Joanna Martin QC, Devon Chambers, Plymouth

Called to the Bar in 2005, having previously worked as a solicitorsince 1996, Jo Martin QC was one of 32 women appointed silkfollowing the QC selection process in 2017, becoming the first QC tobe appointed from a Chambers in Plymouth.

Jo took a rather unusual career path to becoming a barrister. Havingdone poorly in her ‘A’ levels, Jo nonetheless secured a place atCambridge College of Art & Technology to study for a degree inEnglish. Whilst at college Jo had had vague ideas of becoming either a teacher or aphysiotherapist but following graduation the idea of becoming a barrister developed. Beingunsure how to set about on her chosen career path, Jo secured a clerical post in the CrownProsecution Service (CPS), and was posted to Bow Street and Marlborough StreetMagistrates Courts. Subsequently, on promotion to Executive Officer, Jo became a lawclerk at the Old Bailey. She described it as “an amazing place to work”, getting to seebarristers like Nigel Sweeney (now Sweeney J), Bill Boyce QC, John Bevan (HHJ Bevan)and David Calvert-Smith (now Calvert-Smith J) on their feet.

After a couple of years, the CPS sponsored Jo to do a three year law degree course atevening classes. Following graduation she was unsuccessful in her application to Barschool so instead took the Diploma in Legal Practice whilst continuing to work for the CPS,before qualifying as a solicitor. Having been with the CPS in London from 1996 to 2003, Jotransferred to the Serious Fraud Office (SFO) for two years as an investigative lawyer.Whilst Jo described that experience as important in her career development, she missedcourtroom advocacy and so she re-joined the CPS in Devon, having moved to the area forpersonal reasons. On gaining her qualification as a Higher Courts Advocate, Jo acceptedan offer from Devon Chambers to join the set and transferred to the Bar – enjoying thebelated joy of ‘eating dinners’.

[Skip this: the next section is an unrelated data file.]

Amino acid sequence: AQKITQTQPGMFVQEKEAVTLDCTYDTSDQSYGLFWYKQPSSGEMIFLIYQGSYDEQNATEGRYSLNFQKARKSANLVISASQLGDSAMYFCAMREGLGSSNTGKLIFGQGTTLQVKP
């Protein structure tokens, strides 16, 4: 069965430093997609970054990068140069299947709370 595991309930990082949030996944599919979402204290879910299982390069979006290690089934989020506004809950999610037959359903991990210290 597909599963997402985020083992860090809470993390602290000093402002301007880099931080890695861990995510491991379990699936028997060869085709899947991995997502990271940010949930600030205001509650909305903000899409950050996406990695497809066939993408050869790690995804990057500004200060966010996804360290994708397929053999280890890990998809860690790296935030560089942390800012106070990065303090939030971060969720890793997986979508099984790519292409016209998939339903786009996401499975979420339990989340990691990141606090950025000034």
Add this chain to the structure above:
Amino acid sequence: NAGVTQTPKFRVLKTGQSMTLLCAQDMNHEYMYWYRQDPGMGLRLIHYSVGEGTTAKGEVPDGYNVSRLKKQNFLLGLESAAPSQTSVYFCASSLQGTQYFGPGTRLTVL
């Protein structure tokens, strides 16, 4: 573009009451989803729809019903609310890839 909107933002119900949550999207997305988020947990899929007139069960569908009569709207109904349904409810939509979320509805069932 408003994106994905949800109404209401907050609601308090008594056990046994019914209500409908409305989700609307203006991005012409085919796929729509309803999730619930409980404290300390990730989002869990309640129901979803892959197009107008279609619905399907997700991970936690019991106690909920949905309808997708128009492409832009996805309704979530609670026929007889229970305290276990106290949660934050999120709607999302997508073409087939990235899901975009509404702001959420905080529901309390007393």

Jo said she’d had no long term plan to becoming a silk. It was not lack of ambition but morethat she had never had any real long-term career plan beyond becoming an advocate. Thefirst step was probably when some of the judges on the Circuit who knew Jo’s work well,suggested that she should apply for a post as a Recorder, which she successfully did at hersecond attempt. This experience boosted her confidence in her own abilities, so that, laterwhen the Circuit judges suggested that she should start thinking about applying for silk, shecarefully considered this a credible possibility.

Jo, however, was aware that, like many women criminal advocates, she had to some degreebeen pigeon-holed into dealing with rape cases and those dealing with children, while hermale colleagues by and large got more of the (better paid) drug conspiracies, and seriousfraud cases. This made it harder for a woman in criminal work to put together a credibleapplication for silk. However, her Head of Chambers and colleagues were extremelyencouraging and helped her overcome her doubts as to whether she had the necessarycases of substance. Besides some very serious rape and historic child sex cases, Jo hadalso worked on complex and weighty fraud and confiscation cases, including one that hadgone all the way to the Supreme Court. She said that the personal belief in her abilities ofher Head of Chambers, colleagues and judges was crucial in her final decision to apply.Also instrumental in her decision was being inspired and supported by the two Bristol-basedwomen QC’s Kate Brunner QC and Anna Vigars QC and the desire to inspire others,particularly young women, as part of the Western Circuit Women’s Forum.